Chapter 2 consists of five sections. §2.1 begins with a conservative functor detecting whether a given morphism is an equivalence. Then the author demonstrates Joyal’s speical horn lifting theorem (Theorem 2.1.8) claiming that conservative inner fibrations are characterized by a lifting property with respect to special horns where a particular edge is sent to an equivalence, leading to one of the central results of the book claiming that \(\infty\)-groupoids are Kan complexes (Corollary 2.1.12). §2.2 aims to establish that a natural transformation \(\tau\) between functors \[ f,g:\mathcal{C}\rightarrow\mathcal{D} \] of \(\infty\)-categories which is pointwise an equivalence is itself an equivalence viewed as a morhphism in the \(\infty\)-category of functors \(\mathsf{Fun}\left( \mathcal{C},\mathcal{D}\right)\). §2.3 aims at demonstrating that functors which are essentially surjective and fully faithful are in fact invertible (Theorem 2.3.20). §2.4 studies a further construction of \(\infty\)-categories by universally inverting a chosen set of morphisms into a given \(\infty\)-category (Dwyer-Kan localizations). The following result is presented without a proof, where a similar result holds in general for simplicial model categories [https://people.math.harvard.edu/~lurie/papers/HA.pdf, Theorem 1.3.4.20].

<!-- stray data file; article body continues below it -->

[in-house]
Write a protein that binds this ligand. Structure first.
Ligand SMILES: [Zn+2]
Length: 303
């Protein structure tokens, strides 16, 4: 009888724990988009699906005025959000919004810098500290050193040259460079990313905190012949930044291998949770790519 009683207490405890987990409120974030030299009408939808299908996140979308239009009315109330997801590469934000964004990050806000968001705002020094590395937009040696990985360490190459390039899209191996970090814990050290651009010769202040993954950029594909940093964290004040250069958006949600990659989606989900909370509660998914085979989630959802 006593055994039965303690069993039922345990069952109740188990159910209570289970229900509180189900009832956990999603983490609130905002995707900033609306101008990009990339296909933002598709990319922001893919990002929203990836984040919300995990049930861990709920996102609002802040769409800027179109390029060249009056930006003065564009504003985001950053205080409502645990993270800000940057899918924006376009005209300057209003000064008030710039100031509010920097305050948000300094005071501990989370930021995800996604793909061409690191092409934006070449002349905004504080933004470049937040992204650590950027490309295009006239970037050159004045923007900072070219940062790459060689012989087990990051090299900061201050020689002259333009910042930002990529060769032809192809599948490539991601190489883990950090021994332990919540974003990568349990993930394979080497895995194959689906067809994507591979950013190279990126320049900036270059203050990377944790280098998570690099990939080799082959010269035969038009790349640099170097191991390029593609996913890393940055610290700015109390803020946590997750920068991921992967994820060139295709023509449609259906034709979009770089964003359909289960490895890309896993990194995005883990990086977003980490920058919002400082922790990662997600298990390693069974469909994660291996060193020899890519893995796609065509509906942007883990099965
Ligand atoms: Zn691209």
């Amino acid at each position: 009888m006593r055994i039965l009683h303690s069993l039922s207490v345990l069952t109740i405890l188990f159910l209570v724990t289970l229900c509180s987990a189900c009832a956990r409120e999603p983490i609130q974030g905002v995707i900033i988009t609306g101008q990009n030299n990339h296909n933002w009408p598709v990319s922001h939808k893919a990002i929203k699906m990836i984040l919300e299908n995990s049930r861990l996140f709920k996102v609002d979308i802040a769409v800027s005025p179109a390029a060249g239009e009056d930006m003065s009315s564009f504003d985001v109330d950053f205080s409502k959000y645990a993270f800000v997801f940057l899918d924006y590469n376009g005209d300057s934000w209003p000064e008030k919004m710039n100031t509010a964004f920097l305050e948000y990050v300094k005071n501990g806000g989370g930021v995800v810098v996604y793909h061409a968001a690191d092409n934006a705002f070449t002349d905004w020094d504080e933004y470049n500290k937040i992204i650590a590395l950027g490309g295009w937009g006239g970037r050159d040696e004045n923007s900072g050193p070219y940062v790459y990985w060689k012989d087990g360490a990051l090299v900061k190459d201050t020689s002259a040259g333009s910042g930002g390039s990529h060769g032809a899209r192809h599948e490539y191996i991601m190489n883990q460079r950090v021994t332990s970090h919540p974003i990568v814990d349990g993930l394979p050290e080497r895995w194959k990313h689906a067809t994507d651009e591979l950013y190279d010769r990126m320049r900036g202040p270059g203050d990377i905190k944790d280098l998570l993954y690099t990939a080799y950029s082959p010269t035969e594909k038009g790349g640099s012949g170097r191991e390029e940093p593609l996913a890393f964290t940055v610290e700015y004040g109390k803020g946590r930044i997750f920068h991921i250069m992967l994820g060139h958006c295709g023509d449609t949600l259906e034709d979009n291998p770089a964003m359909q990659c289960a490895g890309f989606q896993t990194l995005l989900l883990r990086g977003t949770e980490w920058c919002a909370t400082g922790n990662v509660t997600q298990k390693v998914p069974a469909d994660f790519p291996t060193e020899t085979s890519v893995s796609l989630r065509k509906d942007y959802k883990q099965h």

Theorem (Theorem 2.4.10). The canonical functors \[ \mathrm{sSet}\left[ \mathrm{we}^{-1}\right] \rightarrow\mathrm{Spc} \] and \[ \mathrm{sSet}\left[ \mathrm{Joy}^{-1}\right] \rightarrow\mathrm{Cat}_{\infty} \] are equivalences of \(\infty\)-categories.

§2.5 constructs an alternative join, showing that it is Joyal-equivalent to the construction in §1.4. The two main results go as follows, where the latter theorem comparing the mapping spaces of the coherent nerve of a Kan-enriched category with the mapping Kan complexes that prevail in the simplicial category is presented without a proof, while its proof can be seen in [J. Lurie, Higher topos theory. Princeton, NJ: Princeton University Press (2009; Zbl 1175.18001), §2.2.2] and its direct combinatorial proof was recently given in [F. Hebestreit and A. Krause, “Mapping spaces in homotopy coherent nerves”, Preprint, arXiv:2011.09345].

Theorem (Theorem 2.5.14). Let \(p:\mathcal{C}\rightarrow\mathcal{D}\) be an isofibration between \(\infty\)-categories and let \(A\rightarrow B\) be a monomorphism which is in addition a Joyal equivalence. Then the lifting problem \[ \begin{array} [c]{ccc} A & \rightarrow & \mathcal{C}\\ \downarrow & & \downarrow p\\ B & \rightarrow & \mathcal{D} \end{array} \] admits a solution (i.e., an arrow from \(B\) to \(\mathcal{C}\) making the whole diagram commutative).